Abandoned wells pose threat to water

URBANA—An abandoned well poses one of the greatest threats to groundwater, said Mike Hirschi, University of Illinois Extension water quality specialist. It provides a direct, unhindered route for pollutants to reach an aquifer—an underground water supply.

According to Hirschi, the best and only safeguard against this situation is to properly seal all abandoned wells. Sealing a well is generally not an expensive process, but it must be done correctly, preferably by a licensed groundwater professional.

Homeowners have the right to seal their own wells, Hirschi added, as long as they accept all responsibility for sealing the wells in compliance with the Illinois Water Well Construction Code and all pertinent county codes.

In Illinois, an estimated 400,000 private water wells provide drinking water to about 1.3 million people, reports the Illinois Department of Public Health (IDPH). Many of these wells are abandoned every year when the owners either install new wells or switch to a community water supply. Roughly 2,000 abandoned wells are sealed each year in Illinois, the IDPH says.

For those homeowners who intend to take this task on themselves, Hirschi recommends the following eight-step process:

1. Contact the local health department to obtain a water-well sealing plan form. After consulting with the local health department, complete the sealing plan, which includes a description of the particular sealing method, as well as materials and equipment to be used. Then submit the sealing plan to the local health department.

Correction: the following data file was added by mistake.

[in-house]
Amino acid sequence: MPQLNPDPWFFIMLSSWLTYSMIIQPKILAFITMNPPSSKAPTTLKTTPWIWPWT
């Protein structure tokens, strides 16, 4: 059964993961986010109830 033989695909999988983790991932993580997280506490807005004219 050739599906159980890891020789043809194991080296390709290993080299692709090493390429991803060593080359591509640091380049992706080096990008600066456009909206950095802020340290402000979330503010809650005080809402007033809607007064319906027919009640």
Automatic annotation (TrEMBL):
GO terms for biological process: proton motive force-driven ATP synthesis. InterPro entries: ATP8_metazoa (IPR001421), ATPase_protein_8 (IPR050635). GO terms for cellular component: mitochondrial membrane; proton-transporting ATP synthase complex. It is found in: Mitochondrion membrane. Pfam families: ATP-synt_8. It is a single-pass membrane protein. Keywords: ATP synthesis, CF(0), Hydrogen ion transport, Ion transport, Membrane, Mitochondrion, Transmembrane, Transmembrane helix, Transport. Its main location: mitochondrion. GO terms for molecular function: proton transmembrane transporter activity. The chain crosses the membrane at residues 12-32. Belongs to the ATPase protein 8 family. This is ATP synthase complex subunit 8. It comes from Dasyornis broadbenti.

2. After you receive written approval of your plan, notify the local health department at least 48 hours before you begin sealing and make arrangements for an inspector to be present at the time of sealing.

3. Remove all material from the water well, such as the pump, pipe, pump cylinder and electric cable. Be sure to use the proper hoisting equipment, safety devices and safety precautions.

4. Measure the depth and diameter of the well and the static water level. The static water level is the distance from the soil surface to the level of non-pumping water in the well.

5. Make sure there is no foreign matter in the bottom of the well. Remove all debris before sealing.

6. Disinfect the well, following the State of Illinois Water Well Construction Code. You must use the correct amount of chlorine as prescribed by the state code—a concentration of 100 parts per million.

7. Seal the well in accordance with an approved plan.

8. Complete the water well sealing affidavit and submit it to the local health department not more than 30 days after a well is sealed.

The type of material used to seal the well—and the specific sealing method—all depend on the type of well, Hirschi said. For instance, sealing an abandoned large-diameter bored well will be different than sealing an abandoned small-diameter drilled well.

To obtain information on materials and sealing methods, the best contact is your local public health department.

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